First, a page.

The Care and Maintenance of SPI Flat Pack Game Boxes

Unlike a lot of collectors, I am very fond of the old 24 compartment SPI flat pack game boxes. They are easy to stack and store with other, similar boxes, and the internal trays with their plastic covers do a good job of keeping the game pieces sorted and safe. They are also lighter in weight and easier to ship or transport than the larger “book-case” and “soap box” styles of game boxes. Unfortunately, they also have one serious flaw that, given enough time, invariably crops up no matter how carefully these game boxes are handled and stored. The flat pack’s cardboard base tends to peel off as the game gets older and the adhesive attaching it to the plastic tray dries out. This is a tremendous pain because, once the cardboard base separates from the thin plastic vacuum-formed game tray, these flimsy trays become very susceptible to damage.

Over the years, I tried a number of different approaches to solve this problem, and, like most things in life, the first attempts were all unsatisfactory for one reason or another. First, I tried using different types of adhesives to reattach the base to the plastic: the better glues tended to melt the plastic, and the weaker adhesives didn’t last long enough to matter. Next, I tried using Scotch Tape®, but these fixes were unsightly, and the tape tended to dry out and split with age. Tape also tended to leave a sticky residue where any old piece had peeled away. So, clearly “Scotch Tape®” wasn’t the answer. Having, by this point, become thoroughly frustrated, I declared “total war” on my rapidly multiplying collection of flapping game boxes and resorted to metal staples. And while the staples did hold the bases and the plastic trays together securely, they quickly revealed problems of their own. Staples, as should come as no surprise to anyone but me, rust with age; while the holes they produce, it turns out, weaken the plastic and create potential faults for future splits. Clearly, staples weren’t the solution to my problem. After the staple debacle, I was completely out of ideas and basically gave up. And then I experienced an epiphany!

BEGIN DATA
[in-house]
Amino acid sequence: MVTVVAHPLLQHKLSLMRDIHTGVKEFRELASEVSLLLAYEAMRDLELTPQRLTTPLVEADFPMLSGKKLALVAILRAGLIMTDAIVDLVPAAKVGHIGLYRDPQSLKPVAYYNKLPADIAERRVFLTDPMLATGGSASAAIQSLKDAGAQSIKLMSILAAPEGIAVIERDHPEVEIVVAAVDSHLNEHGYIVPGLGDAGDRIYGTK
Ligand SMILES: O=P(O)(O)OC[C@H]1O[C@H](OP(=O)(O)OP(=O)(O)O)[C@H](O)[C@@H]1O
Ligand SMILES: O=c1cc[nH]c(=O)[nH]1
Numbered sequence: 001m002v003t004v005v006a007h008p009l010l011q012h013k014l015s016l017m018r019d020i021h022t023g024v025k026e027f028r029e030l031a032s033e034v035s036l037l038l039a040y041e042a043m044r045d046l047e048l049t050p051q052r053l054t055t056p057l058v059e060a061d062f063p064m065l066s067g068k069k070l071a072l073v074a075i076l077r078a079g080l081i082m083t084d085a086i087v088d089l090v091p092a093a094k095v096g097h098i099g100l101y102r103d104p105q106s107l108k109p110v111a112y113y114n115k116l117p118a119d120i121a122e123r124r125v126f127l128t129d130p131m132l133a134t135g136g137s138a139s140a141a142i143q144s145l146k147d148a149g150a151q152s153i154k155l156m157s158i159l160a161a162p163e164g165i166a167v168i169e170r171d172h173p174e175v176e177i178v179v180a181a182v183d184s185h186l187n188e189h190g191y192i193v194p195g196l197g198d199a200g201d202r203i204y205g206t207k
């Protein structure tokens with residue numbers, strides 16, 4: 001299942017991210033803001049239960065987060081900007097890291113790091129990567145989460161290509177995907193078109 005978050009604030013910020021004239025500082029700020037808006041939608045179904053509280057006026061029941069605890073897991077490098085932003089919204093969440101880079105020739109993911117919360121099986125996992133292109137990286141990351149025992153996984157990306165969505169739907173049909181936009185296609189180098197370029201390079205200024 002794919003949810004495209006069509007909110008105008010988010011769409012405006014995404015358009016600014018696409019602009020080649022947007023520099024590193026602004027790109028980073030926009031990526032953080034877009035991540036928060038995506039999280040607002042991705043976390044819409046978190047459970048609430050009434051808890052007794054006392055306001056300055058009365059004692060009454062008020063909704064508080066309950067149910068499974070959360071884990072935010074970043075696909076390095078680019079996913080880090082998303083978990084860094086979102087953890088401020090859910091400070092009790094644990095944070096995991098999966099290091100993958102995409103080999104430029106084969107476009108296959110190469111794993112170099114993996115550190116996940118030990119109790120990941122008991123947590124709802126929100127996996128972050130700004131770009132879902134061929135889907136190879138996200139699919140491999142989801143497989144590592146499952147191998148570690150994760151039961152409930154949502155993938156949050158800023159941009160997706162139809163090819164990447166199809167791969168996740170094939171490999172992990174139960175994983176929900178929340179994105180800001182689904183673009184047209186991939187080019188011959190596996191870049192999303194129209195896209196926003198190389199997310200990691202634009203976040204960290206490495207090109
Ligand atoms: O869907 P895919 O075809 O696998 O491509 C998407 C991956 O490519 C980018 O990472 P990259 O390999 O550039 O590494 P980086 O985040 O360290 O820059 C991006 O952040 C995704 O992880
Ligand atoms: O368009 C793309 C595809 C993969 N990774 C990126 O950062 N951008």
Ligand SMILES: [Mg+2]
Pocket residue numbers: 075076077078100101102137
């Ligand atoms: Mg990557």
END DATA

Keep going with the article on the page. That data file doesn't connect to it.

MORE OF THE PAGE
While visiting a hobby supply store in search of something completely unrelated, I found — quite by accident — the solution to my game box problem: “Craft Glue Dots®.” For anyone who has never used them, these are thin little double-sided oval-shaped adhesive dots that come attached to a narrow tape-like roll. In my own case, I have found that the ½ inch size is perfect for reattaching a loose SPI cardboard base to its plastic tray. The pattern of dots that seems to work best is to place one dot on each corner of the cardboard base, one dot in the center where the die compartment meets the base, and then to fill in the short sides with two additional dots, and the long sides with three of these useful little beauties. The only real trick is in perfectly aligning the base and the tray before pushing them back together. Once they have been rejoined, ordinary finger pressure is sufficient to seal the bond all the way around the perimeter of the game box. I have now been using these adhesive dots for well over ten years, and not a single base has ever come loose once it has been reattached. Given these results, I recommend this repair technique highly.
On a similar note, I strongly suggest “Windex Wipes®” as the perfect tool for cleaning SPI flat packs, particularly if they have been exposed to thick dust, smoke, dirt, or even mildew. I have found that these tissue-like wipes are especially useful for cleaning older games that have come from collections in which the games have been stored unprotected in someone’s basement or garage.


  • Joe: Thanks for this VERY HANDY advice. I too love the SPI flat packs, but have been quite distressed since moving out the arid SW as nearly all of them have come loose. Needless to say, I shall give your technique a try just as soon as my lovely better half can locate some glue dots for me! I only wish I had a lot more of them in my collection.

  • That will do for me too!

    Now to find some in the UK.


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